From the top of the falls, a hiking trail follows the river upstream, through the woods and on into the Sanjogahara Marshlands. This area was so unexpectedly gorgeous that it was probably my favourite part of the whole trip. There was waterfall upon waterfall breaking up the cool, crystal clear river. Some waterfalls were like a washing machine, vigorously churning bucketloads of water. Others were gentle and calm, sweeping over the moss-covered rocks.
Above, the trees rustled in the breeze and birds continually called to each other. A few carefree ducks swam by every now and then. There were just a few other hikers that I passed, and each time we greeted each other warmly.
It was just a beautiful place!
After wandering through the marshlands, I decided to catch the bus again, but not before indulging in an ice cream! I bought what was probably the most delicious strawberry ice cream I’ve ever eaten! I’m not sure what ingredients were used, but it was advertised as available for a limited-time only. It could have been the best 300yen I’ve ever spent!
With a satisfied stomach, I hopped on the bus and made my way to Yudaki Falls. Like most of the waterfalls in Nikko, Yudaki flows down a rock cliff created from the lava flow of a nearby volcano. From the top of the waterfall, the Yugawa River seems to just drop off the earth and vanish! It was a little scary. The waterfall surges down at a steep 45 degree angle. As you walk down the zigzag stairs along the side of the waterfall, you can really feel its strength and force. Nothing can get in its way!
From Yudaki Falls, Yumoto Onsen was a 15 minute hike away. The final stop for me. Yumoto Onsen sits on the northern shore of Lake Yuno where there were many fishermen in boats and families playing at the water’s edge. It’s almost 1,500 metres above sea level, so a little breezy and chilly. There were numerous times when I thought I should get my jacket out of my backpack, but managed to get by without it. In winter, this town actually turns into a ski resort!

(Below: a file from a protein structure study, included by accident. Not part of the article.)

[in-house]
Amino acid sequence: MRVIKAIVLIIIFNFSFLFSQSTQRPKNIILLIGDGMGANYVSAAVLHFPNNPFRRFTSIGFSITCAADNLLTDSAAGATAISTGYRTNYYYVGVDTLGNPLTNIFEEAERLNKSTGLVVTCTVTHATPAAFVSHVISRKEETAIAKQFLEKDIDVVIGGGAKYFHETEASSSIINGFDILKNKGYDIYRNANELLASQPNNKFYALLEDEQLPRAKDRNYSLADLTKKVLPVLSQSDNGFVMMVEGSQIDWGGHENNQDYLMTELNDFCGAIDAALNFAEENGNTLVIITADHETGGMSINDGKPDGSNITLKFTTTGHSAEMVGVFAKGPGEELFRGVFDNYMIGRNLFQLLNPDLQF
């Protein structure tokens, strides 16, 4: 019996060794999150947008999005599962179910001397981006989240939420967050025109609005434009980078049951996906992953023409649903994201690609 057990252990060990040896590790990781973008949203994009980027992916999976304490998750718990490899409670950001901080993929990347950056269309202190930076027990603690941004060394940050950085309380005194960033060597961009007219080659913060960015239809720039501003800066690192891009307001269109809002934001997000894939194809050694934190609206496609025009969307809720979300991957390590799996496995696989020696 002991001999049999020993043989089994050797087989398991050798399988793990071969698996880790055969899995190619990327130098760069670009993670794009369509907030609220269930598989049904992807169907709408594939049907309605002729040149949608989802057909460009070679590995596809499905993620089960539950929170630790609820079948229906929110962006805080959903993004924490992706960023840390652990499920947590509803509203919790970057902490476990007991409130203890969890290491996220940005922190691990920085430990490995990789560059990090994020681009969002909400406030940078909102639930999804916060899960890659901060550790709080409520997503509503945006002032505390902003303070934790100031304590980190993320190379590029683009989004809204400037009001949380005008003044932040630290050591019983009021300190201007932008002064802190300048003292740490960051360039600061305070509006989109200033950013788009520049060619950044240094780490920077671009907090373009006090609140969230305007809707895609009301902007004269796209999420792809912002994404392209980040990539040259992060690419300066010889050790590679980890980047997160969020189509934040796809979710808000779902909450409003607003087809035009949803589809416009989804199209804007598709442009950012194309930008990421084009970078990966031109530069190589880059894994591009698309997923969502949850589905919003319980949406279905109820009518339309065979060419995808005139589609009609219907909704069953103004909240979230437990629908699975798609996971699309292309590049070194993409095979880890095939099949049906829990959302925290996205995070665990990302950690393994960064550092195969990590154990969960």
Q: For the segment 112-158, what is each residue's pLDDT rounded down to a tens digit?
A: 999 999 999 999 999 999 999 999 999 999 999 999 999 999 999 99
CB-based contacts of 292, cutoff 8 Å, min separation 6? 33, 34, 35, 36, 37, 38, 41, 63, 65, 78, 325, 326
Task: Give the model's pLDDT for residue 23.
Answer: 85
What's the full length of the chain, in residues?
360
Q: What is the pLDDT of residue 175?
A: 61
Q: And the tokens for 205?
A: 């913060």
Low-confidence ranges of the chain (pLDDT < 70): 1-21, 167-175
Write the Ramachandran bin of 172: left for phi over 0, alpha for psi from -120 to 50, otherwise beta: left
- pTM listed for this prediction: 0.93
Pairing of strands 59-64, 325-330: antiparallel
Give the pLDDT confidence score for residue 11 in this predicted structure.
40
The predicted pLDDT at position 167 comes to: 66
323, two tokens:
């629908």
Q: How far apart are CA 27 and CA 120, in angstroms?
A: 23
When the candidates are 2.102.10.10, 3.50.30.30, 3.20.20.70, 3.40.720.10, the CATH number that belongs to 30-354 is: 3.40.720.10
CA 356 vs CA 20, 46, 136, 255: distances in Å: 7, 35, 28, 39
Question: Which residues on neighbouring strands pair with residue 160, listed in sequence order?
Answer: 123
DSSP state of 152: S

The town is made up of 22 hot springs and had that distinct smell of sulphur, although it wasn’t as strong as places like Beppu in Oita. The milky-white water is believed to have healing powers as well as being good for beauty (skin). There’s only one thing to do in an onsen town: get in the water! I found a ryokan that had an outdoor hot spring bath and soaked for an hour so, giving my body the relaxation it desperately needed. It was the best way to wrap up an incredible day.
Hot spring bubbles
White sulphur spring water
I’d spent 5 hours getting from Nikko town to Yumoto Onsen. The return trip, past Lake Yunoko, Yudaki Falls, the marshlands, Ryuzu Falls, Lake Chuzenji, down the mountain and back to reality, was just 75 minutes. An unusually talkative young Japanese guy sat next to me on the bus, and I had a great 3-hour conversation with him, all the way back to Tokyo in fact!
The final descent on the winding Irohazaka Road gave us a spectacular send-off. A little Bambi even came out to greet us. She dashed onto the road, and the bus slowed down to avoid hitting her! Then she proceeded to prance up the road, past 3 or 4 other cars, before realising it was not a good idea to be there.
Oku-Nikko is a waterfall paradise; a treasure for nature lovers; a wilderness escape up in the clouds; and in my opinion, one of the prettiest places in the world!